As a result of the rising cost of energy in the UK and Europe, it is time to take advantage of the switch modes on your Xbox.
How to save £5 when using Xbox?
If you are a lucky owner of an Xbox console and live in the UK or Europe, you should probably check what energy saving mode your console is currently set to. As a result of rising energy prices across the UK and Europe, the Instant On standby mode of the consoles could you cost up to £5 per month. This is because the energy cap on prices is increasing by an extra 80 percent in the UK alone.
On the Xbox consoles, there are two different power modes. Instant On, which allows players to rapidly restart games while keeping Xbox One S and Xbox Series S/X consoles in a standby state that uses between 11 and 13 watts (depending on the model). This mode is known as Instant On which uses lots of energy. Energy Saver mode, on the other hand, uses only about 0.5 watts of power, but it requires you to completely restart the Xbox before you can continue playing.
Even though Microsoft has made the mode known as Energy Saver the default for all Xbox consoles that have been released since March, millions of Xbox One S and Xbox Series X/S consoles are using the Instant On option since it is more convenient. This option could end up being pretty expensive in the long run.
So, if you leave an Xbox Series X in Instant On standby mode for 24 hours a day, the total monthly cost of energy consumption is around £4.93 when calculated using the new pricing caps that will be implemented in the UK (52p per kWh). On Twitter, Alex Hern brought attention to the potential drawbacks of the Instant On mode of the Xbox, and for that, we are grateful.
Even earlier Xbox One S consoles use approximately 11 watts of power when in Instant On mode, which results in a monthly cost of £4.18. In comparison, an Xbox Series S console uses 10 watts while in Instant On mode, which results in a monthly cost of £3.80.
Therefore, enabling the Energy Saver mode on any Xbox console, will reduce the monthly cost of power consumption to less than 20 pence per month. Of course this will depend on how much you use your console and what are you using it for like; streaming movies or playing games have varying rates of energy consumption, too.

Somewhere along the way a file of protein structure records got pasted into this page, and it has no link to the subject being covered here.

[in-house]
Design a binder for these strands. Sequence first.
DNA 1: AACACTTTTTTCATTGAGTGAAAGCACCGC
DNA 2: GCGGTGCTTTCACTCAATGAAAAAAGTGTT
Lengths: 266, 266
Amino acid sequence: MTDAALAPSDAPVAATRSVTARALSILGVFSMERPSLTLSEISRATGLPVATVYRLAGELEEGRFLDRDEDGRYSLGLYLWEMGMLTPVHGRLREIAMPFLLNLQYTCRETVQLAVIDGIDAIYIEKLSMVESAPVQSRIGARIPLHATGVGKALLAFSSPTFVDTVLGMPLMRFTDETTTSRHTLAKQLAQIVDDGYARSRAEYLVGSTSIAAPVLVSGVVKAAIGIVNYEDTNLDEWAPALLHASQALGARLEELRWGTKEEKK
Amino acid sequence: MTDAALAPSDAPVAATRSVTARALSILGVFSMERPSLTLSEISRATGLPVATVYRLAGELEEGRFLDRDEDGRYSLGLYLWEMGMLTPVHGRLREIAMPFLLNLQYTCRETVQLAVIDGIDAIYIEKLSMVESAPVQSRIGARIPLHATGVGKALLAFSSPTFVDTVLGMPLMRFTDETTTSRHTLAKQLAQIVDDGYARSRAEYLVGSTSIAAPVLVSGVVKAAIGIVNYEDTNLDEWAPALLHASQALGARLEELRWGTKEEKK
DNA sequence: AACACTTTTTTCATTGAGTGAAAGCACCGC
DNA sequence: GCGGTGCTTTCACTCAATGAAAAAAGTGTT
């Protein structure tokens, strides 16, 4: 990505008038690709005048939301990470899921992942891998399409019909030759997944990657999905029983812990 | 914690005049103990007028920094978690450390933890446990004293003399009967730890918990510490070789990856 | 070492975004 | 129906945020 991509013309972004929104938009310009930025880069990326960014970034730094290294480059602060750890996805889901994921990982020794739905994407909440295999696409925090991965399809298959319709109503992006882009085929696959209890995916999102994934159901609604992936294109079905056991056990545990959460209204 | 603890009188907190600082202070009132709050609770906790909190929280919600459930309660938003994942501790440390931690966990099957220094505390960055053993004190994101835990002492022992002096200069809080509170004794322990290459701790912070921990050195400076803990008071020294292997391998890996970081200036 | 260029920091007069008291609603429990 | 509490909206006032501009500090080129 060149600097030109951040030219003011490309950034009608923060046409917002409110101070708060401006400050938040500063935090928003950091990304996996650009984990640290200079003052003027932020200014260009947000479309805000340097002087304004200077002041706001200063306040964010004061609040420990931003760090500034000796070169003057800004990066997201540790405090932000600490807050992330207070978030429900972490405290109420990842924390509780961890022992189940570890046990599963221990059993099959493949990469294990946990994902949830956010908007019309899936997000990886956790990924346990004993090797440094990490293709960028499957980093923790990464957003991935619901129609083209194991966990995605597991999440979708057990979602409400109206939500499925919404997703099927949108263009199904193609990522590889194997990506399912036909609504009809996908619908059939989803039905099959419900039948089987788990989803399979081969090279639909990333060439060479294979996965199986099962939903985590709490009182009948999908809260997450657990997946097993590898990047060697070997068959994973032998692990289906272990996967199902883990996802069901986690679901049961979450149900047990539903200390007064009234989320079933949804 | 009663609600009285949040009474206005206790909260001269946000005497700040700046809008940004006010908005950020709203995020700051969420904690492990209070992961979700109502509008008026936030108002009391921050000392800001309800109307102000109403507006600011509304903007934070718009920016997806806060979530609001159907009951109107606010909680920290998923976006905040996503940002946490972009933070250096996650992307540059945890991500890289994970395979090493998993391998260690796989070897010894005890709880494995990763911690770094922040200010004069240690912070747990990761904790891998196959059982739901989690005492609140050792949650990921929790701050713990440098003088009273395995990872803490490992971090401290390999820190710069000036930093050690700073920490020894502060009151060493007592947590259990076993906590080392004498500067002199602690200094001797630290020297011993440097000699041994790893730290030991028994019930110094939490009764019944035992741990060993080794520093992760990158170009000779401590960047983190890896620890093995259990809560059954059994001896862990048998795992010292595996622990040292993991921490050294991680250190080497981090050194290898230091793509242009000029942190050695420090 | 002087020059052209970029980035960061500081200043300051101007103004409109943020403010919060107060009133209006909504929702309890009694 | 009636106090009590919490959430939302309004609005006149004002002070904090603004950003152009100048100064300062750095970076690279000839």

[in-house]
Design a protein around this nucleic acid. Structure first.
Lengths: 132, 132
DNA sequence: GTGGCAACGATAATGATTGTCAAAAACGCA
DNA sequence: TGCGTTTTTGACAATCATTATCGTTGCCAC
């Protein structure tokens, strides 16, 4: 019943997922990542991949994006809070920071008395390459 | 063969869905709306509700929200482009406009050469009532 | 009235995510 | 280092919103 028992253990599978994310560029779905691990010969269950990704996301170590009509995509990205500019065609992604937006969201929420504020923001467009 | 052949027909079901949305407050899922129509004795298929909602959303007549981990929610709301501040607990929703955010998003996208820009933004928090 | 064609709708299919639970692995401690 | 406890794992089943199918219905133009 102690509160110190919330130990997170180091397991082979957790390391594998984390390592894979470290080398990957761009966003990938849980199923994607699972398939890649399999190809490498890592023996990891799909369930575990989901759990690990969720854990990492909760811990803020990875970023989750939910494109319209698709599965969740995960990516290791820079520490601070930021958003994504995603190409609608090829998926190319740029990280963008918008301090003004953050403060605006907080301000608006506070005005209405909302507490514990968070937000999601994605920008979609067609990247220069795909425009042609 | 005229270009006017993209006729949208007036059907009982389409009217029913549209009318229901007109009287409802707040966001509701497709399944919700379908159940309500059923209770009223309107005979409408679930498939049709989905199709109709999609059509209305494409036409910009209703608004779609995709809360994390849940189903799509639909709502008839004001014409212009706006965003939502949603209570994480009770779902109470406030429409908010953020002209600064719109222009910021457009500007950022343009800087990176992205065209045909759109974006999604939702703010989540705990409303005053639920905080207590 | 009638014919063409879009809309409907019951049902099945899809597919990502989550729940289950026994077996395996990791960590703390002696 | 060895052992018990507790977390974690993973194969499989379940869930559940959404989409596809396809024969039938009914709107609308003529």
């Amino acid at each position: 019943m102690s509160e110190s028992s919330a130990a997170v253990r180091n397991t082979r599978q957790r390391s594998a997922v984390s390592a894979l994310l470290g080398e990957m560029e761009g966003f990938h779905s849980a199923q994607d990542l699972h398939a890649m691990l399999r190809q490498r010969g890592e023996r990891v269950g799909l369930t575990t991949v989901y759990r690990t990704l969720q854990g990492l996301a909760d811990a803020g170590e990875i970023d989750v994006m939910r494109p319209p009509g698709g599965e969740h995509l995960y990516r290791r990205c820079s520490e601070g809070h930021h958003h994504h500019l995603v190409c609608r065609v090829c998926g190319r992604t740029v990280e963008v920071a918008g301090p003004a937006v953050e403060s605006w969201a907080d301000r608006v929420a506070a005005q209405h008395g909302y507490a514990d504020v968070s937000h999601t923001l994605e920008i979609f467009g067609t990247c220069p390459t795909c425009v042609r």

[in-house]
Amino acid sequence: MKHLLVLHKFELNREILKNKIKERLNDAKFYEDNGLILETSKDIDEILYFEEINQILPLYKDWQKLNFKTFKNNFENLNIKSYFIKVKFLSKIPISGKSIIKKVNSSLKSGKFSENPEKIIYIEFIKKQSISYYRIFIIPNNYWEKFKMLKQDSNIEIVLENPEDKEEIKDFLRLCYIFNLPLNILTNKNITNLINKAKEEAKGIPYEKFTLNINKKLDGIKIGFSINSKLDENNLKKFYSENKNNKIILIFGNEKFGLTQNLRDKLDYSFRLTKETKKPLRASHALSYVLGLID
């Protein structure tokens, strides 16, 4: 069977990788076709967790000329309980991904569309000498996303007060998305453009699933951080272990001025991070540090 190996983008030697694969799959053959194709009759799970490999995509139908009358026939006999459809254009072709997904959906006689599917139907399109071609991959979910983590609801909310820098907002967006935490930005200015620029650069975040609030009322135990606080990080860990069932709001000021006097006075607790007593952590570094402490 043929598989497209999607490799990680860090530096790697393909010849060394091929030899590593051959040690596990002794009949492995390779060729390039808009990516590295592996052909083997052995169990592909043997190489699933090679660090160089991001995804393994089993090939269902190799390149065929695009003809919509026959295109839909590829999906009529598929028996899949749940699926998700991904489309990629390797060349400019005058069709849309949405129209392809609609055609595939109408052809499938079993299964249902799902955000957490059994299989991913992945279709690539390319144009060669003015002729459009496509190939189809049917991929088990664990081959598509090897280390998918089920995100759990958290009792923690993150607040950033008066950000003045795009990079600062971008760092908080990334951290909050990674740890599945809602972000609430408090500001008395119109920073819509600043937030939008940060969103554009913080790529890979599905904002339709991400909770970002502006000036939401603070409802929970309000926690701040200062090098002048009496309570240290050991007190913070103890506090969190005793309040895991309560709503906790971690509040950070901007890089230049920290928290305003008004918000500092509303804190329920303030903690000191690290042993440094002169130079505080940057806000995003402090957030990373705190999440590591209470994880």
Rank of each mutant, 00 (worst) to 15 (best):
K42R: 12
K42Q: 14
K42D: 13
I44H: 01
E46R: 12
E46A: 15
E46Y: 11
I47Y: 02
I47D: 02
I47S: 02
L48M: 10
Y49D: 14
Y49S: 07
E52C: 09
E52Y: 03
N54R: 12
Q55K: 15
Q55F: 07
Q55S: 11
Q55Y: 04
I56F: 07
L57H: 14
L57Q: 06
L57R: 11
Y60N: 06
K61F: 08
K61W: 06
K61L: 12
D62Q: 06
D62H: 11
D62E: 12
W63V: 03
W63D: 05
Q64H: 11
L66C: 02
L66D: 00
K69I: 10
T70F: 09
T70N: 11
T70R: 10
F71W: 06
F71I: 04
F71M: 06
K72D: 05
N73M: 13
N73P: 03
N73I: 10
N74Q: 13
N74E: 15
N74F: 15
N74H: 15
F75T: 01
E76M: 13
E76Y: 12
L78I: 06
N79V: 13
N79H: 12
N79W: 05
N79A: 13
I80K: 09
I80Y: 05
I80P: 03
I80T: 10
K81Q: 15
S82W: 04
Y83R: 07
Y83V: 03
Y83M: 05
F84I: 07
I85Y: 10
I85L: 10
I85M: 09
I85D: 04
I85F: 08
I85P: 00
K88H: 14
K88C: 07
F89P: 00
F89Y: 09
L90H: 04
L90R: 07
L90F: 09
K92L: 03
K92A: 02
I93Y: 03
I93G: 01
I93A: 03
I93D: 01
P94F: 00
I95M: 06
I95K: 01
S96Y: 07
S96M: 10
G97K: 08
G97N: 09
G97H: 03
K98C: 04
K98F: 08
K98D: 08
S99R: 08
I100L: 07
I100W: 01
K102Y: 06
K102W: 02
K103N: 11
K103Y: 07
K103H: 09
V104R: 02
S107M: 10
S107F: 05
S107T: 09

Even while switching to Energy Saver mode would force you to start your Xbox from scratch each time you turn it on, Microsoft has lately made it possible for its consoles to start up much more quickly.
The Xbox One Series X now boots up in 5 seconds less time than before, and even older editions of the Xbox One are booting faster as a result of the improvements made by Microsoft. It will take around 15 seconds from the time you hit the power button on an Xbox Series X or S console until you are able to begin playing a game; nevertheless, the money you save by waiting those few extra seconds could be equivalent to the monthly cost of a Netflix subscription.
How to save on energy bills when using PlayStation 4?
If you are an owner a PlayStation 4, you should probably take a look at the standby mode that you are currently utilising. The PlayStation 4 features a variety of standby, rest, and off modes; some of these modes include the capacity to charge controllers while others allow for the downloading of software updates.
The standby mode that is “off” by default uses only 0.5 watts of power, however other modes can use up to 3.4 watts of power. The power saver mode of the PS5 consumes 0.5 watts of electricity when it is in its default state, but when networking is enabled in the rest mode, it can consume up to 2 watts. Therefore, this will save you a lot less money than changing the settings on the Xbox, but it could still be worthwhile considering the uncertainty of the market for energy in the future months.
There’s less to worry about if you’re a Nintendo Switch owner and uses your console in TV mode, active gameplay. Nintendo Switch consumes only 7 watts of power, which is a significant reduction compared to the Instant On standby mode of the Xbox One. The Switch consumes no more than 0.5 watts of power when it is turned off.
And if you play video games on a PC, you might want start hoping for the cost of energy in Europe to come down very soon.